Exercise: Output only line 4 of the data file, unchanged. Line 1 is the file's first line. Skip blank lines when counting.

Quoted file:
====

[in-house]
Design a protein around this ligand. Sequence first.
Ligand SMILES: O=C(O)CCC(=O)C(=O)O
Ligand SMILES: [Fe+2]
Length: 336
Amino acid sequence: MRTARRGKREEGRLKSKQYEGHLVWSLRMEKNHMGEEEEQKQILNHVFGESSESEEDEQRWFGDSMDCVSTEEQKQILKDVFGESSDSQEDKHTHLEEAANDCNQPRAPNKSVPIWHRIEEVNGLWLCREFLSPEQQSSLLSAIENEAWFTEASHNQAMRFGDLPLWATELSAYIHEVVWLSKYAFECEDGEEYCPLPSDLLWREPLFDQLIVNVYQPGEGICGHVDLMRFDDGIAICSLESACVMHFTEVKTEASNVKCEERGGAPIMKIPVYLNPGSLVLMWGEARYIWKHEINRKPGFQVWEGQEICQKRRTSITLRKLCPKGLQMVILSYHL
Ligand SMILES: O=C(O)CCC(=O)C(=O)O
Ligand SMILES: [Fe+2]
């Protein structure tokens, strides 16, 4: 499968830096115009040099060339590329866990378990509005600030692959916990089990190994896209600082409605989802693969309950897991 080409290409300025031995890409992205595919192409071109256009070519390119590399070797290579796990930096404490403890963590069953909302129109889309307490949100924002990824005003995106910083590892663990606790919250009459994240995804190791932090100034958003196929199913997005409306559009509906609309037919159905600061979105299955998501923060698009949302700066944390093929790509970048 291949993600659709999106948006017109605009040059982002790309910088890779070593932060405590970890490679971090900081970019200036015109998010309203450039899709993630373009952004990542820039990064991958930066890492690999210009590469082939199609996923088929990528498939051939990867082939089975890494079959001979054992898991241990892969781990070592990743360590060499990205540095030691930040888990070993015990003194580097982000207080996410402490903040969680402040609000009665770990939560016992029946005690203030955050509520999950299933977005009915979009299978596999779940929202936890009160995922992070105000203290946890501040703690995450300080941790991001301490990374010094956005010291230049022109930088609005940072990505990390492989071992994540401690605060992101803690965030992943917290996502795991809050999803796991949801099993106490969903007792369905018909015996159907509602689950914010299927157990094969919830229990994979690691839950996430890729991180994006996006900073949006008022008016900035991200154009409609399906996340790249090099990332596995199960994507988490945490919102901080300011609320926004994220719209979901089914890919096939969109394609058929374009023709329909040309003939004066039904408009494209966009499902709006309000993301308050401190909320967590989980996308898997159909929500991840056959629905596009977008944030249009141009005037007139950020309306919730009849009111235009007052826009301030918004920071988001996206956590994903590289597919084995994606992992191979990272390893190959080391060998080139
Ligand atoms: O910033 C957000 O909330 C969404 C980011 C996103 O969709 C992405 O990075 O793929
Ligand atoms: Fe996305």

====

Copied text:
Ligand SMILES: [Fe+2]